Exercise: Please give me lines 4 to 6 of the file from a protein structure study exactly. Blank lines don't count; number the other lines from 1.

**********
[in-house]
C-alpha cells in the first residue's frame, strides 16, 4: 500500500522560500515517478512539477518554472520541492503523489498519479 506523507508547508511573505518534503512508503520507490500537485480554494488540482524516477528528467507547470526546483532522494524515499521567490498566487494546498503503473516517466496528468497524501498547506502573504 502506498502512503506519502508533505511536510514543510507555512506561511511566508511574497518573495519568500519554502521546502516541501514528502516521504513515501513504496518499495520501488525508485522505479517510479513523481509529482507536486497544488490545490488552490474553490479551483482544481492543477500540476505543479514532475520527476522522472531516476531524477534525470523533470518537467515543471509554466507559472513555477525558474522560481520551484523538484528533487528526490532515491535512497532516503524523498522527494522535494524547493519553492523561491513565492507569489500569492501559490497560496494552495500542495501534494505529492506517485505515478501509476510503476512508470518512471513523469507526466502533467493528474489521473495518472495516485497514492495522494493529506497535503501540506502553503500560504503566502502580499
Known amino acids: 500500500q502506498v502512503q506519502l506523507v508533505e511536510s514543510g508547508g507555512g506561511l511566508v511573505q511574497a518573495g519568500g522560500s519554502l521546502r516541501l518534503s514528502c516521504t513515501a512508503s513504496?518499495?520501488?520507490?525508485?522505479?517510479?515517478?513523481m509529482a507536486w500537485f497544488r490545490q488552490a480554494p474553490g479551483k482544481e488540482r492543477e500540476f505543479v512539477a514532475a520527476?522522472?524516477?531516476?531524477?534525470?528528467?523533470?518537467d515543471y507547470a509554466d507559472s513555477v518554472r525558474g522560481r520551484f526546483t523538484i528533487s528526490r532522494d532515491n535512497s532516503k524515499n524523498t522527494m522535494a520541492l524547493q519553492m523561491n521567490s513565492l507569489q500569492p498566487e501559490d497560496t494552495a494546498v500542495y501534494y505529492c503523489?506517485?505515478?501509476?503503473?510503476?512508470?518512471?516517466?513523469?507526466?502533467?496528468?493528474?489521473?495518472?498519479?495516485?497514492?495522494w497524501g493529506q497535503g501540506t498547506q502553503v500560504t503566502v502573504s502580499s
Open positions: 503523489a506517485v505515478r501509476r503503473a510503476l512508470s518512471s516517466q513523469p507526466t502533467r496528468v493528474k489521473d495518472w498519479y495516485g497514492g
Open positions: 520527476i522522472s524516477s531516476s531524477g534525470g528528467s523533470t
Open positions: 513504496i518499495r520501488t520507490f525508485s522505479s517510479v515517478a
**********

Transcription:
Open positions: 503523489a506517485v505515478r501509476r503503473a510503476l512508470s518512471s516517466q513523469p507526466t502533467r496528468v493528474k489521473d495518472w498519479y495516485g497514492g
Open positions: 520527476i522522472s524516477s531516476s531524477g534525470g528528467s523533470t
Open positions: 513504496i518499495r520501488t520507490f525508485s522505479s517510479v515517478a